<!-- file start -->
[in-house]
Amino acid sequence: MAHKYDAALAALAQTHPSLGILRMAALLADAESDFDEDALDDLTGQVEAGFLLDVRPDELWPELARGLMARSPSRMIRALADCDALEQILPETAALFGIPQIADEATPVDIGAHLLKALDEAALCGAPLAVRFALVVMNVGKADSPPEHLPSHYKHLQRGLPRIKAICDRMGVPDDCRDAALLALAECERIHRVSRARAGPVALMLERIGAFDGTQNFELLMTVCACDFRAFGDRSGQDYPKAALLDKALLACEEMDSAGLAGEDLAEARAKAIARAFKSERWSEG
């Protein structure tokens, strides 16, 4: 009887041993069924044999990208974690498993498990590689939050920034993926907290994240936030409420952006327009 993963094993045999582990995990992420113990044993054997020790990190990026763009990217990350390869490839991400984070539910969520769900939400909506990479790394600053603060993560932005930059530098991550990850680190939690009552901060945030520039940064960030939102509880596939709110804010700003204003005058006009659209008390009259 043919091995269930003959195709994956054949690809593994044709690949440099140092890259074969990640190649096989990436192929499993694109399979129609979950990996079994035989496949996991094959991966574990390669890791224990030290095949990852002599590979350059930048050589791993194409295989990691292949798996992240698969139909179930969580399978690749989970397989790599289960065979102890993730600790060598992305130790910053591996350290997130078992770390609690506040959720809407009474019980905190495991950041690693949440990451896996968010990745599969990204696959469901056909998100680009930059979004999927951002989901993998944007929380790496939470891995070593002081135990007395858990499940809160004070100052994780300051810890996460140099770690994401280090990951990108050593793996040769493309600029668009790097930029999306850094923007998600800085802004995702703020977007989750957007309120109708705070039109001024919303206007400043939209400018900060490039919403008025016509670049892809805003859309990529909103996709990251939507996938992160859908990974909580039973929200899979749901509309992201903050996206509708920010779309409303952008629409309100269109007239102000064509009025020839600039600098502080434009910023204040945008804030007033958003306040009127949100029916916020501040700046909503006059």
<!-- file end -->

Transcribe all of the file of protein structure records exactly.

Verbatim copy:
[in-house]
Amino acid sequence: MAHKYDAALAALAQTHPSLGILRMAALLADAESDFDEDALDDLTGQVEAGFLLDVRPDELWPELARGLMARSPSRMIRALADCDALEQILPETAALFGIPQIADEATPVDIGAHLLKALDEAALCGAPLAVRFALVVMNVGKADSPPEHLPSHYKHLQRGLPRIKAICDRMGVPDDCRDAALLALAECERIHRVSRARAGPVALMLERIGAFDGTQNFELLMTVCACDFRAFGDRSGQDYPKAALLDKALLACEEMDSAGLAGEDLAEARAKAIARAFKSERWSEG
């Protein structure tokens, strides 16, 4: 009887041993069924044999990208974690498993498990590689939050920034993926907290994240936030409420952006327009 993963094993045999582990995990992420113990044993054997020790990190990026763009990217990350390869490839991400984070539910969520769900939400909506990479790394600053603060993560932005930059530098991550990850680190939690009552901060945030520039940064960030939102509880596939709110804010700003204003005058006009659209008390009259 043919091995269930003959195709994956054949690809593994044709690949440099140092890259074969990640190649096989990436192929499993694109399979129609979950990996079994035989496949996991094959991966574990390669890791224990030290095949990852002599590979350059930048050589791993194409295989990691292949798996992240698969139909179930969580399978690749989970397989790599289960065979102890993730600790060598992305130790910053591996350290997130078992770390609690506040959720809407009474019980905190495991950041690693949440990451896996968010990745599969990204696959469901056909998100680009930059979004999927951002989901993998944007929380790496939470891995070593002081135990007395858990499940809160004070100052994780300051810890996460140099770690994401280090990951990108050593793996040769493309600029668009790097930029999306850094923007998600800085802004995702703020977007989750957007309120109708705070039109001024919303206007400043939209400018900060490039919403008025016509670049892809805003859309990529909103996709990251939507996938992160859908990974909580039973929200899979749901509309992201903050996206509708920010779309409303952008629409309100269109007239102000064509009025020839600039600098502080434009910023204040945008804030007033958003306040009127949100029916916020501040700046909503006059």